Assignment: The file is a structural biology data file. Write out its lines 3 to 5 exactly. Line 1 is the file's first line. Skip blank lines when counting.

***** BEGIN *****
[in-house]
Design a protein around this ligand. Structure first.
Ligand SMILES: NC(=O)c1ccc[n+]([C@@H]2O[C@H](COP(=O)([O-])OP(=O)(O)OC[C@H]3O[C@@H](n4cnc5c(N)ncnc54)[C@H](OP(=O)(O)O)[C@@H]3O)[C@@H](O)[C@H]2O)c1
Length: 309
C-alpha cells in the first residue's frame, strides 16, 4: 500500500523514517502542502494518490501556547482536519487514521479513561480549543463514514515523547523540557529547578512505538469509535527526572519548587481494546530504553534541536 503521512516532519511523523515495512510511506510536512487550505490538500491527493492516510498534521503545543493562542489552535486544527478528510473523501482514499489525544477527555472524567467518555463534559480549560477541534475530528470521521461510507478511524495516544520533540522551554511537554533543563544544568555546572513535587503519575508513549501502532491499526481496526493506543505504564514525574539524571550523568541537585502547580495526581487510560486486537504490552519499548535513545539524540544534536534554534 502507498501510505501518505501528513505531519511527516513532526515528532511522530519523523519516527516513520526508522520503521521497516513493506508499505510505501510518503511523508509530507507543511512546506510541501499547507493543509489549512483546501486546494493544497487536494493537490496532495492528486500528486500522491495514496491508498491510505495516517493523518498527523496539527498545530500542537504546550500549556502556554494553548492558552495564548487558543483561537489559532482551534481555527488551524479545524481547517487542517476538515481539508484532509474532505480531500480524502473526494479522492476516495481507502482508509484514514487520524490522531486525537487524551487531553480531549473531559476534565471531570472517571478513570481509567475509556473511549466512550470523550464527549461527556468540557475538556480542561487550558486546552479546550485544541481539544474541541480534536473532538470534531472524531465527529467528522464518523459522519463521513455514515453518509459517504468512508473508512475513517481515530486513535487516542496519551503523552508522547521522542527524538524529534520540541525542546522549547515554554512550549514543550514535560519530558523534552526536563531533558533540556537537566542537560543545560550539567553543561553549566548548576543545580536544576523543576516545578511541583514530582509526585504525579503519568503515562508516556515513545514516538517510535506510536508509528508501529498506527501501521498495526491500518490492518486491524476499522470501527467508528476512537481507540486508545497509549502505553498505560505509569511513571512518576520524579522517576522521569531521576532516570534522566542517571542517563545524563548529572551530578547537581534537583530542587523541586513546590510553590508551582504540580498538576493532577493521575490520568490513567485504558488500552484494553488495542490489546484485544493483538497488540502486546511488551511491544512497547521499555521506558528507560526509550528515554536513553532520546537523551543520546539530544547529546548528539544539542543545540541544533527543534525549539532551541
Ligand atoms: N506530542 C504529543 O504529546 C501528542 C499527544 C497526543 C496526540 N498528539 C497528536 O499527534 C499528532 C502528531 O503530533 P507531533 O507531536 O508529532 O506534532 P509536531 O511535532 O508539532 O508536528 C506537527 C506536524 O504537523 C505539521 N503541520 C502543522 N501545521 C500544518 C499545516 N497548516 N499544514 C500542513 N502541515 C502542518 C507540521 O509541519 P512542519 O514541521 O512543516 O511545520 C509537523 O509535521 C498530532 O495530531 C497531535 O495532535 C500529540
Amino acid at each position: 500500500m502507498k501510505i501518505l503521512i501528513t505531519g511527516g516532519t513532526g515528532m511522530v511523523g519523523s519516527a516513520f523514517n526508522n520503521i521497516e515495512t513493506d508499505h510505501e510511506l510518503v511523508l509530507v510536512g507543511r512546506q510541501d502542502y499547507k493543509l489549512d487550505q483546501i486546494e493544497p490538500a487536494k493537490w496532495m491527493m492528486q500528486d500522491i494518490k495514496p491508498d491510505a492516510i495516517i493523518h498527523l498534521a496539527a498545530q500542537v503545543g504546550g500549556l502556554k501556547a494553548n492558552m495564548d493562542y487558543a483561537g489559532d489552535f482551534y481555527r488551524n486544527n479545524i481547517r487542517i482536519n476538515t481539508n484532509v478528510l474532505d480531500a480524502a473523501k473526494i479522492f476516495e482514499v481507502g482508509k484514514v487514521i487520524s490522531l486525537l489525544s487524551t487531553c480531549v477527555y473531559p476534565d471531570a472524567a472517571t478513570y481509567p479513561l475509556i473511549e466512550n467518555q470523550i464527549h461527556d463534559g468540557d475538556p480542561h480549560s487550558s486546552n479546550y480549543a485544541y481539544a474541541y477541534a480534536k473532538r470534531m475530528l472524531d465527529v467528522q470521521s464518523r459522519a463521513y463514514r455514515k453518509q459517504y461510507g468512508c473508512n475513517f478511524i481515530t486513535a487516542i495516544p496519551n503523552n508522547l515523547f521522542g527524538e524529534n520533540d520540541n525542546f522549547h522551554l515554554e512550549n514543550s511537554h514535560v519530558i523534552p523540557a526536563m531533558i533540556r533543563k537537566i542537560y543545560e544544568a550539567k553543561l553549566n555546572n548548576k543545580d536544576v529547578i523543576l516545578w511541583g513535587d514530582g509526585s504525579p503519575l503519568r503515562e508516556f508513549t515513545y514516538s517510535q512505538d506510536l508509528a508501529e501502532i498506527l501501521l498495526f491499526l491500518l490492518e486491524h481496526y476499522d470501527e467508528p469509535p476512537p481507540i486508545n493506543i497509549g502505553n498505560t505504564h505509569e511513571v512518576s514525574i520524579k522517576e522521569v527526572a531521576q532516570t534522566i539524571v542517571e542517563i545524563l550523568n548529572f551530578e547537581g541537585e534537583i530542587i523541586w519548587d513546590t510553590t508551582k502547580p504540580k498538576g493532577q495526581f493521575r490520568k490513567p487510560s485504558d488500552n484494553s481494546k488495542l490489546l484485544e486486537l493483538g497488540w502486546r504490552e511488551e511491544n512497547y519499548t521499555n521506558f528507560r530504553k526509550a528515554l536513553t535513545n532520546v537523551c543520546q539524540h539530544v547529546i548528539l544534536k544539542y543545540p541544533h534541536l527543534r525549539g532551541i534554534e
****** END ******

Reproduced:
Ligand SMILES: NC(=O)c1ccc[n+]([C@@H]2O[C@H](COP(=O)([O-])OP(=O)(O)OC[C@H]3O[C@@H](n4cnc5c(N)ncnc54)[C@H](OP(=O)(O)O)[C@@H]3O)[C@@H](O)[C@H]2O)c1
Length: 309
C-alpha cells in the first residue's frame, strides 16, 4: 500500500523514517502542502494518490501556547482536519487514521479513561480549543463514514515523547523540557529547578512505538469509535527526572519548587481494546530504553534541536 503521512516532519511523523515495512510511506510536512487550505490538500491527493492516510498534521503545543493562542489552535486544527478528510473523501482514499489525544477527555472524567467518555463534559480549560477541534475530528470521521461510507478511524495516544520533540522551554511537554533543563544544568555546572513535587503519575508513549501502532491499526481496526493506543505504564514525574539524571550523568541537585502547580495526581487510560486486537504490552519499548535513545539524540544534536534554534 502507498501510505501518505501528513505531519511527516513532526515528532511522530519523523519516527516513520526508522520503521521497516513493506508499505510505501510518503511523508509530507507543511512546506510541501499547507493543509489549512483546501486546494493544497487536494493537490496532495492528486500528486500522491495514496491508498491510505495516517493523518498527523496539527498545530500542537504546550500549556502556554494553548492558552495564548487558543483561537489559532482551534481555527488551524479545524481547517487542517476538515481539508484532509474532505480531500480524502473526494479522492476516495481507502482508509484514514487520524490522531486525537487524551487531553480531549473531559476534565471531570472517571478513570481509567475509556473511549466512550470523550464527549461527556468540557475538556480542561487550558486546552479546550485544541481539544474541541480534536473532538470534531472524531465527529467528522464518523459522519463521513455514515453518509459517504468512508473508512475513517481515530486513535487516542496519551503523552508522547521522542527524538524529534520540541525542546522549547515554554512550549514543550514535560519530558523534552526536563531533558533540556537537566542537560543545560550539567553543561553549566548548576543545580536544576523543576516545578511541583514530582509526585504525579503519568503515562508516556515513545514516538517510535506510536508509528508501529498506527501501521498495526491500518490492518486491524476499522470501527467508528476512537481507540486508545497509549502505553498505560505509569511513571512518576520524579522517576522521569531521576532516570534522566542517571542517563545524563548529572551530578547537581534537583530542587523541586513546590510553590508551582504540580498538576493532577493521575490520568490513567485504558488500552484494553488495542490489546484485544493483538497488540502486546511488551511491544512497547521499555521506558528507560526509550528515554536513553532520546537523551543520546539530544547529546548528539544539542543545540541544533527543534525549539532551541